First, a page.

“No feature filmmaker conceives – let alone executes — their film for a mobile platform,” Lipsky insists. “Makers frame their films in terms of the script and the story — that’s what drives decision making as to how a scene is shot and edited. I shoot a lot of close-ups and extra-close-ups and it would be antithetical to conceive a shot in terms of a handheld device.” He is adamant that the new 4 inch screen of the iPhone 5 (with a 16:9 aspect ratio) or iPad 2’s 9.7 inch (4:3 aspect ratio) is not up to the challenge of real filmmaking. “They are simply not acceptable ways of viewing a film,” he argues.
Of course, Lipsky acknowledges that many people are watching shorter works, including TV shows, and even some feature-length movies on mobile devices. However, he warns that such viewing is not relevant to a director, an “auteur” in the classic maker sense, in framing and executing a scene.
“Documentary films are measured by their impact; they are stories created to engage people,” said Jarmel, who, with her partner, Ken Schneider, founded PatchWorks Films in 1994 and is currently completing “Havana Curveball.” Among some of their other recent works are “Speaking in Tongues,” which won the Audience Award at the 2009 San Francisco Film Festival, and the ITVS-funded “Born in the U.S.A,” which aired on the PBS series Independent Lens.
Speculating on what would likely work aesthetically for a documentary designed for a mobile platform, Jarmel acknowledged that the format has a different potential. “In a small format, there would likely be no wide shots, fewer subtleties like many ‘in your face’ videos on YouTube,” she reflects. Equally critical, “it would have to be short-maybe 3 to 8 minutes.”
However, she worries that the small screen further isolates viewers, offering no community experience. She acknowledges that online platforms-Facebook, Twitter, games, apps, or participatory storytelling-have great potential to take the story off the screen. These transmedia platforms can generate a lot of interest and create a different form of “community” experience.
The increasing, widespread adoption of small, mobile entertainment
devices poses two challenges for indie filmmaking — making vs.
distributing. And makers are adapting to the new medium. Carton Evans
of the Disposable Film Festival, which was created in order to democratize filmmaking by
showcasing works made using smartphones, tablets, laptops, cameras and other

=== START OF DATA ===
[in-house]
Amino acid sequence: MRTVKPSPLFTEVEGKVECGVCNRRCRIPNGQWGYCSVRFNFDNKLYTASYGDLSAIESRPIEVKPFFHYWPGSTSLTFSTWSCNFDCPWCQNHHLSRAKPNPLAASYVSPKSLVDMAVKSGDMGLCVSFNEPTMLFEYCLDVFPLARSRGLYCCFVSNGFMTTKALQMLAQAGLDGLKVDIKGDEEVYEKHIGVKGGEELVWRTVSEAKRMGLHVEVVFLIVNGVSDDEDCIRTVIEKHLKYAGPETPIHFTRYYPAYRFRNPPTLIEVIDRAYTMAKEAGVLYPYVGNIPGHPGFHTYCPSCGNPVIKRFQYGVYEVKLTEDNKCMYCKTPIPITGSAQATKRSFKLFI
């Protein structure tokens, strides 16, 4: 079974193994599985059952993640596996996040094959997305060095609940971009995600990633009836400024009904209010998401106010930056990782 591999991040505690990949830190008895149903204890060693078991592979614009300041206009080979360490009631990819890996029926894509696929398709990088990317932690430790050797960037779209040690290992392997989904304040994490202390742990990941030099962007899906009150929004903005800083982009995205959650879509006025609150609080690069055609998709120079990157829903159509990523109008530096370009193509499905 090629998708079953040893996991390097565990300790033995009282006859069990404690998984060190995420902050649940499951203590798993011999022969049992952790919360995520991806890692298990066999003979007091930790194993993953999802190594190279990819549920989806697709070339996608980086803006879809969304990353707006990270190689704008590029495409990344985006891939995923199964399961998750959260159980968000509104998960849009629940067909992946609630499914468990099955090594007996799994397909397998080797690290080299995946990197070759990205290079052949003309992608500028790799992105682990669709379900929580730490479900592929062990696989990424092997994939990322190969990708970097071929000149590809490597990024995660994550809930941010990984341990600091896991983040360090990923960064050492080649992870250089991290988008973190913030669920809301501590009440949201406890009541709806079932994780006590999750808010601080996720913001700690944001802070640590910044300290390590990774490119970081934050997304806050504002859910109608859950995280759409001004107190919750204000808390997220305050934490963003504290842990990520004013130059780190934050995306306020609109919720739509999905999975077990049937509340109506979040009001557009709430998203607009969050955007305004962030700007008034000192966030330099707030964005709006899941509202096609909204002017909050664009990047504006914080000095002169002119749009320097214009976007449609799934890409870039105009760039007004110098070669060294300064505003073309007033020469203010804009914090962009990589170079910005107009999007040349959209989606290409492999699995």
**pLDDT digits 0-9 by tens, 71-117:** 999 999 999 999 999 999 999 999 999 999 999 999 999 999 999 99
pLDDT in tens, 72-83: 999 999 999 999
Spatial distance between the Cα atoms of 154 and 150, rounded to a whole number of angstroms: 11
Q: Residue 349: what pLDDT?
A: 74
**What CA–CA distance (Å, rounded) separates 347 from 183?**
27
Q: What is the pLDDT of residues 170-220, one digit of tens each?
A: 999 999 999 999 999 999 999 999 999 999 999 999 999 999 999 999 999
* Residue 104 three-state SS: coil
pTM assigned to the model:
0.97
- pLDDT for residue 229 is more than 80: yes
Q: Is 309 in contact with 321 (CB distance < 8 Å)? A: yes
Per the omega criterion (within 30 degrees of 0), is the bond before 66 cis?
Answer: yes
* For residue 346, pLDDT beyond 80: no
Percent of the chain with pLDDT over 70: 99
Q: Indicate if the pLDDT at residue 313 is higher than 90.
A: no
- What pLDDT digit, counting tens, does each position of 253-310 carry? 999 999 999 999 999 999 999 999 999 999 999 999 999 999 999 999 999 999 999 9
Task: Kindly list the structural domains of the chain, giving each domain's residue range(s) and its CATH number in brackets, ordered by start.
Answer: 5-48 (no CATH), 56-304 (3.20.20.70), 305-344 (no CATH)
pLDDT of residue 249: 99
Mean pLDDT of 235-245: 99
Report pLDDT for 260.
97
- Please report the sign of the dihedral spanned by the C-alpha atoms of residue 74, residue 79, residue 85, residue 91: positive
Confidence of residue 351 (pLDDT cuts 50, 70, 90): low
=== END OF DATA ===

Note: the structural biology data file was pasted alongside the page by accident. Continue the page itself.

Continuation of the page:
non-traditional devices. Evans reports that the number of submissions
increased from 60 when the festival started in 2008 to 2,000 this year.
Evans notes that filmmaking has been
repeatedly revolutionized by technology, whether Super8, video or today’s
digital devices. “When
we started the festival seven years ago,” he recalls, “we saw mobile video as
an experimental platform not unlike the avant-garde of the ’70s.”
then, makers have both adapted to the possibilities of the new medium and the
medium itself has expanded. Evans notes that while the festival focuses on short works, it has shown feature-length
films shot on an iPhone. And a host of
accessories, such as a $10 add-on lens for more widescreen shots, are now
These advances have enhanced the medium’s aesthetic
possibilities, according to Evans. “A new
creative vocabulary is being developed,” he said. “One film we showed last year was a thriller about man who
stalks a woman through her webcam. It
was shot on a webcam and invoked a sense of immediacy that could not be
captured using a professional camera. It
made everyone in the audience complicit in the act of stalking the
The fact that people shooting video with their iPhones or other devices is
become ubiquitous, presents new opportunities for documentary makers. “Such shooting is less intrusive and fosters
a greater sense of intimacy between maker and subject,” said Evans.
Though filmmakers may not be able to limit the screens on which their movies are seen, they may be able to control the tools they use to make them. There are still filmgoers who buy seats in theaters to take in wide shots and panoramic views, but there are also stories that benefit from filmmaking technologies that can fit within the nooks and crannies of our lives to tell stories even more intimately.